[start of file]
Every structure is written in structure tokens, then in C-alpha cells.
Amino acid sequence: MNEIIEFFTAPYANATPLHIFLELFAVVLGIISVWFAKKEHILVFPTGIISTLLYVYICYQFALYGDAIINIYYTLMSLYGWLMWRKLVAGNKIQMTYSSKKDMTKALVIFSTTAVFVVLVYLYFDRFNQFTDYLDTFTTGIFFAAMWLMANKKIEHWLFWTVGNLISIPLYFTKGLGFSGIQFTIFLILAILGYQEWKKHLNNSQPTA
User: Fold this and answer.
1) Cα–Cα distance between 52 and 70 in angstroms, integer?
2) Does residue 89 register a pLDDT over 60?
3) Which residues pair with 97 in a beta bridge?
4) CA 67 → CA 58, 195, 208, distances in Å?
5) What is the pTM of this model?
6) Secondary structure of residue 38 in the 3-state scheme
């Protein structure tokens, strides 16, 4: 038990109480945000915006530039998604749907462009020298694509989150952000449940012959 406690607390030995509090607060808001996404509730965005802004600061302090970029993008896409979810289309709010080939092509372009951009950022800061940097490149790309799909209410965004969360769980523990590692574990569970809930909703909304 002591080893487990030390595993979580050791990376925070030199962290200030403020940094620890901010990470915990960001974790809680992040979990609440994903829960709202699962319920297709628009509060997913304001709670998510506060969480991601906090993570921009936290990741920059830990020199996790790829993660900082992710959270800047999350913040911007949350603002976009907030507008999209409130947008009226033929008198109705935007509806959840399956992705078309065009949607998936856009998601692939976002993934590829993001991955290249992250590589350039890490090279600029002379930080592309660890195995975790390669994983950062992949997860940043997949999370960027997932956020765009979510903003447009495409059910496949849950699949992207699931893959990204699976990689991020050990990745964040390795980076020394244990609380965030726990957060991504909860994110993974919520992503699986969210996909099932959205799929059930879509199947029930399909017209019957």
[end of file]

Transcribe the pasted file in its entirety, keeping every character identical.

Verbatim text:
Every structure is written in structure tokens, then in C-alpha cells.
Amino acid sequence: MNEIIEFFTAPYANATPLHIFLELFAVVLGIISVWFAKKEHILVFPTGIISTLLYVYICYQFALYGDAIINIYYTLMSLYGWLMWRKLVAGNKIQMTYSSKKDMTKALVIFSTTAVFVVLVYLYFDRFNQFTDYLDTFTTGIFFAAMWLMANKKIEHWLFWTVGNLISIPLYFTKGLGFSGIQFTIFLILAILGYQEWKKHLNNSQPTA
User: Fold this and answer.
1) Cα–Cα distance between 52 and 70 in angstroms, integer?
2) Does residue 89 register a pLDDT over 60?
3) Which residues pair with 97 in a beta bridge?
4) CA 67 → CA 58, 195, 208, distances in Å?
5) What is the pTM of this model?
6) Secondary structure of residue 38 in the 3-state scheme
């Protein structure tokens, strides 16, 4: 038990109480945000915006530039998604749907462009020298694509989150952000449940012959 406690607390030995509090607060808001996404509730965005802004600061302090970029993008896409979810289309709010080939092509372009951009950022800061940097490149790309799909209410965004969360769980523990590692574990569970809930909703909304 002591080893487990030390595993979580050791990376925070030199962290200030403020940094620890901010990470915990960001974790809680992040979990609440994903829960709202699962319920297709628009509060997913304001709670998510506060969480991601906090993570921009936290990741920059830990020199996790790829993660900082992710959270800047999350913040911007949350603002976009907030507008999209409130947008009226033929008198109705935007509806959840399956992705078309065009949607998936856009998601692939976002993934590829993001991955290249992250590589350039890490090279600029002379930080592309660890195995975790390669994983950062992949997860940043997949999370960027997932956020765009979510903003447009495409059910496949849950699949992207699931893959990204699976990689991020050990990745964040390795980076020394244990609380965030726990957060991504909860994110993974919520992503699986969210996909099932959205799929059930879509199947029930399909017209019957």